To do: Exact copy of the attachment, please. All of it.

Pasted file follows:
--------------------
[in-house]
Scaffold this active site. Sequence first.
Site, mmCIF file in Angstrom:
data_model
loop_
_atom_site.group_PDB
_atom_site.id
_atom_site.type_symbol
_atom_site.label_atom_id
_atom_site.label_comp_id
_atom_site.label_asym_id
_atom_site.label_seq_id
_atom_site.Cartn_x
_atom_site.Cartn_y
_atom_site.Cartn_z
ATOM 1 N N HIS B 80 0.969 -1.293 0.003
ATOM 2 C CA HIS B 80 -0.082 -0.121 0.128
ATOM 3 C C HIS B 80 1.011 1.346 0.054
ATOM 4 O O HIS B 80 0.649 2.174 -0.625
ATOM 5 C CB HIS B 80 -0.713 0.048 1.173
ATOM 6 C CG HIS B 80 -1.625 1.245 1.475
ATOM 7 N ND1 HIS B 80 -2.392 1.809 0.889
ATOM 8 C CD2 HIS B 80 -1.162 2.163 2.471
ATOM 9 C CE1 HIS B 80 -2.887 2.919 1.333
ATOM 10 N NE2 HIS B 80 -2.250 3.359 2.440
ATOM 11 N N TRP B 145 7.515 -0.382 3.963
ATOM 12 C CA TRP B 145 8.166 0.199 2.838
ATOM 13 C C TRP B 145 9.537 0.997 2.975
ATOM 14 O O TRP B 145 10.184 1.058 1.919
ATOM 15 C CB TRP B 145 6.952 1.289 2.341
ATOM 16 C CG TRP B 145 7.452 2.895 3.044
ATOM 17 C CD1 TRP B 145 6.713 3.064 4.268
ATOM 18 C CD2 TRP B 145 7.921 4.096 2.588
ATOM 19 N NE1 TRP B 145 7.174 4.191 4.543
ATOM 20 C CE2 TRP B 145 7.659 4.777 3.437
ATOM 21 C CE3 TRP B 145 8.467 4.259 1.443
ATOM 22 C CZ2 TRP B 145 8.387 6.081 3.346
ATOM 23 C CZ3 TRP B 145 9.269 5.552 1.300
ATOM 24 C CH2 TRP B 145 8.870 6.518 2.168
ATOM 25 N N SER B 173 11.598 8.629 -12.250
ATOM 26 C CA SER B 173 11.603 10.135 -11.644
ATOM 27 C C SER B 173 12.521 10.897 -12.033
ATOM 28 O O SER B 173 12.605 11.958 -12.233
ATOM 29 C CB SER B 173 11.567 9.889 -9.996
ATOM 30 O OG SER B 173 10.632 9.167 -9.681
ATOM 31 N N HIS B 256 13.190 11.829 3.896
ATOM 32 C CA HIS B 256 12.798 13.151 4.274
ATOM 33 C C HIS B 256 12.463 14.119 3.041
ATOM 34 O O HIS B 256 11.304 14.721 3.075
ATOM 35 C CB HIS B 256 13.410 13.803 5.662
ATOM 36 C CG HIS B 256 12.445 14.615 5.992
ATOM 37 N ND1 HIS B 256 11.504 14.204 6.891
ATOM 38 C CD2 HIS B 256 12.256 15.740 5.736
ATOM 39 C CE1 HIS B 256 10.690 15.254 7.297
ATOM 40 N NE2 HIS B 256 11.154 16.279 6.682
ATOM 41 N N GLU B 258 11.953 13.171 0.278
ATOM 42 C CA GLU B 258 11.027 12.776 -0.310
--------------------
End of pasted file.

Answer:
[in-house]
Scaffold this active site. Sequence first.
Site, mmCIF file in Angstrom:
data_model
loop_
_atom_site.group_PDB
_atom_site.id
_atom_site.type_symbol
_atom_site.label_atom_id
_atom_site.label_comp_id
_atom_site.label_asym_id
_atom_site.label_seq_id
_atom_site.Cartn_x
_atom_site.Cartn_y
_atom_site.Cartn_z
ATOM 1 N N HIS B 80 0.969 -1.293 0.003
ATOM 2 C CA HIS B 80 -0.082 -0.121 0.128
ATOM 3 C C HIS B 80 1.011 1.346 0.054
ATOM 4 O O HIS B 80 0.649 2.174 -0.625
ATOM 5 C CB HIS B 80 -0.713 0.048 1.173
ATOM 6 C CG HIS B 80 -1.625 1.245 1.475
ATOM 7 N ND1 HIS B 80 -2.392 1.809 0.889
ATOM 8 C CD2 HIS B 80 -1.162 2.163 2.471
ATOM 9 C CE1 HIS B 80 -2.887 2.919 1.333
ATOM 10 N NE2 HIS B 80 -2.250 3.359 2.440
ATOM 11 N N TRP B 145 7.515 -0.382 3.963
ATOM 12 C CA TRP B 145 8.166 0.199 2.838
ATOM 13 C C TRP B 145 9.537 0.997 2.975
ATOM 14 O O TRP B 145 10.184 1.058 1.919
ATOM 15 C CB TRP B 145 6.952 1.289 2.341
ATOM 16 C CG TRP B 145 7.452 2.895 3.044
ATOM 17 C CD1 TRP B 145 6.713 3.064 4.268
ATOM 18 C CD2 TRP B 145 7.921 4.096 2.588
ATOM 19 N NE1 TRP B 145 7.174 4.191 4.543
ATOM 20 C CE2 TRP B 145 7.659 4.777 3.437
ATOM 21 C CE3 TRP B 145 8.467 4.259 1.443
ATOM 22 C CZ2 TRP B 145 8.387 6.081 3.346
ATOM 23 C CZ3 TRP B 145 9.269 5.552 1.300
ATOM 24 C CH2 TRP B 145 8.870 6.518 2.168
ATOM 25 N N SER B 173 11.598 8.629 -12.250
ATOM 26 C CA SER B 173 11.603 10.135 -11.644
ATOM 27 C C SER B 173 12.521 10.897 -12.033
ATOM 28 O O SER B 173 12.605 11.958 -12.233
ATOM 29 C CB SER B 173 11.567 9.889 -9.996
ATOM 30 O OG SER B 173 10.632 9.167 -9.681
ATOM 31 N N HIS B 256 13.190 11.829 3.896
ATOM 32 C CA HIS B 256 12.798 13.151 4.274
ATOM 33 C C HIS B 256 12.463 14.119 3.041
ATOM 34 O O HIS B 256 11.304 14.721 3.075
ATOM 35 C CB HIS B 256 13.410 13.803 5.662
ATOM 36 C CG HIS B 256 12.445 14.615 5.992
ATOM 37 N ND1 HIS B 256 11.504 14.204 6.891
ATOM 38 C CD2 HIS B 256 12.256 15.740 5.736
ATOM 39 C CE1 HIS B 256 10.690 15.254 7.297
ATOM 40 N NE2 HIS B 256 11.154 16.279 6.682
ATOM 41 N N GLU B 258 11.953 13.171 0.278
ATOM 42 C CA GLU B 258 11.027 12.776 -0.310